Michael Bryant has been appointed the executive director and general counsel of the Canadian Civil Liberties Association. The former attorney general of Ontario, who in 2009 was at the wheel of his vehicle when he was involved in an altercation with courier Darcy Allan Sheppard resulting in the cyclists death, spoke to CBC Radio on Thursday.
On August 31, 2009, Bryant was driving home from an anniversary dinner with his wife on Bloor Street in Toronto. On his way home he got into an altercation with Sheppard who worked as a bicycle courier and was 33-years-old at the time. During the incident, Sheppard ended up on the hood of Bryant’s Saab, Bryant backed up and tried to drive away. Sheppard held onto the side of the vehicle striking a mailbox and tree before falling and fatally hitting his head on the pavement.
Bryant was charged with criminal negligence causing death and dangerous operation of a motor vehicle causing death. In 2010, the crown withdrew all criminal charges against Bryant in the death of Sheppard with the prosecutor concluding there was, “no reasonable prospect of conviction.” In 2012, Bryan wrote a book about Sheppard’s death called 28 Seconds.
On Thursday, in an interview with CBC Radio’s Metro Morning in a series of ‘Do-Overs’ stories, Bryant spoke about his life following Sheppard’s death.
One of our community members and beloved friends, Michael Bryant, shares his "do-over" and the role Sanctuary… https://t.co/n18f7GnhHM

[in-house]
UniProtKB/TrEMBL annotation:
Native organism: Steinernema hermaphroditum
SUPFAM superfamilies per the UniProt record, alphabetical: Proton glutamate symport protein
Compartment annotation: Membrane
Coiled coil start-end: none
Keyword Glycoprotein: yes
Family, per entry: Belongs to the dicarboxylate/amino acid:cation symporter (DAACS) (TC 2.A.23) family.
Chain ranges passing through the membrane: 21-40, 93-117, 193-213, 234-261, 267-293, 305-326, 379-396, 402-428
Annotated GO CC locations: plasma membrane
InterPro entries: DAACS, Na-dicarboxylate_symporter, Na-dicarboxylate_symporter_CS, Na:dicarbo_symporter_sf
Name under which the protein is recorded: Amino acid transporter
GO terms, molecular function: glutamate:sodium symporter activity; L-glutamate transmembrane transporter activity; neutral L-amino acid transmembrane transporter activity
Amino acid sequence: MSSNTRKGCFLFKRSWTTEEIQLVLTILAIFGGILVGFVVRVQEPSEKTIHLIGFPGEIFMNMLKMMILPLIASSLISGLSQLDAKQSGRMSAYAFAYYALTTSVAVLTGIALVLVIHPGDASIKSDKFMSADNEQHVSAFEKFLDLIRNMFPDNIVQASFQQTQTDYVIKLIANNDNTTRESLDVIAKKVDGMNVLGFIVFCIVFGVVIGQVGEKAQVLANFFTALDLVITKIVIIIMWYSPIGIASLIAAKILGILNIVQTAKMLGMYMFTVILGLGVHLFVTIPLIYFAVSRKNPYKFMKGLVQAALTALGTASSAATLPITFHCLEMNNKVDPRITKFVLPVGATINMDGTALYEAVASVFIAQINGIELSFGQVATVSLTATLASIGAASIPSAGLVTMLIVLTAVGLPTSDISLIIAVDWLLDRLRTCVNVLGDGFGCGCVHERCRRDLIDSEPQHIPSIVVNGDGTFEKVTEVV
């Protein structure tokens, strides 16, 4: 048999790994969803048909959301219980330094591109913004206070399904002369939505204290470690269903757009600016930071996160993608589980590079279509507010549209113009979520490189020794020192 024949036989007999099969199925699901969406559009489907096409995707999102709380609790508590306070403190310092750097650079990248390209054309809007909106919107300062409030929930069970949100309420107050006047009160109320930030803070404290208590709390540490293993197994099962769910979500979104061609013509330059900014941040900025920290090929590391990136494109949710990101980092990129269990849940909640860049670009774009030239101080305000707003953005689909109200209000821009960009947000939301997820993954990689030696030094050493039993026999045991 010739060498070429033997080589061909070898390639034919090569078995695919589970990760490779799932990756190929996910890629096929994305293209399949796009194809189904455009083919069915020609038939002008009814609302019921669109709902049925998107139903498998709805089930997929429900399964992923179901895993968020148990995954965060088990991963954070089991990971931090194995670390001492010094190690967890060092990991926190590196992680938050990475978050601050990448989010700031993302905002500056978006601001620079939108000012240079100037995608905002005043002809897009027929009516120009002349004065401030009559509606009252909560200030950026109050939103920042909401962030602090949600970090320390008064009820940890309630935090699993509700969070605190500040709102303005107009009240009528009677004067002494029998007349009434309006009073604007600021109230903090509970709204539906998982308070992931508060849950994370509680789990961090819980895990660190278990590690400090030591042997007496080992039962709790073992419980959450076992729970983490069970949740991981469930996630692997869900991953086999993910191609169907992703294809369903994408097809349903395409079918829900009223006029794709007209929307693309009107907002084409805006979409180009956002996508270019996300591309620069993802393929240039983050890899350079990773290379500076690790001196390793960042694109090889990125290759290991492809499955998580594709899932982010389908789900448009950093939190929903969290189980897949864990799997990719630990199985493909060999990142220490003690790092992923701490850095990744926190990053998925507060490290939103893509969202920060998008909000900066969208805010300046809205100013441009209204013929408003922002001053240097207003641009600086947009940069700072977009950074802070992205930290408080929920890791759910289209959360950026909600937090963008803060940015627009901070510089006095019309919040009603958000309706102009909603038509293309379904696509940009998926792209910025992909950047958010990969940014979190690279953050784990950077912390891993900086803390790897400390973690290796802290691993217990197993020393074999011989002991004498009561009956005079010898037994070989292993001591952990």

— Sanctuary Toronto (@SanctuaryTO) January 11, 2018
“I had been putting off the ‘now what’ and wondering what the do-over would look like,” Bryant said on CBC Radio. “Therein began the process of overthinking and not doing the ‘doing’ part of the do-over.”
Bryant, who was CEO of Invest Toronto at the time of Sheppard’s death, became involved with the Sanctuary which serves Toronto’s homeless from a church in downtown.
“I ended up somewhere I did not expect to go,” Bryant said. “I ended up in there through a series of events and found myself connecting and identifying with people, and learning from people who I had previously not identified with and frankly been afraid of.”
Through the Sanctuary, Bryant began representing people in bail court who didn’t have a lawyer. “While I was having this existential debate in my head about what I should be doing and what the do-over looks like, I had people from Sanctuary coming up to me and saying, ‘Look I’ve been charged. I need some assistance,'” he said. “This is a group of people who need assistance and need to have their rights protected and that is my job.”
Bryant who has considerable legal experience working for law firms and as the youngest attorney general of Ontario says he continues to live with the repurcusions of Sheppard’s death. “That’s something that is just with me all the time,” he said. “He was a human being and he lost his life and that’s something I can’t undo and can’t go back, so what can I do today? That’s how I’m living.”
Listen to the full interview at CBC News.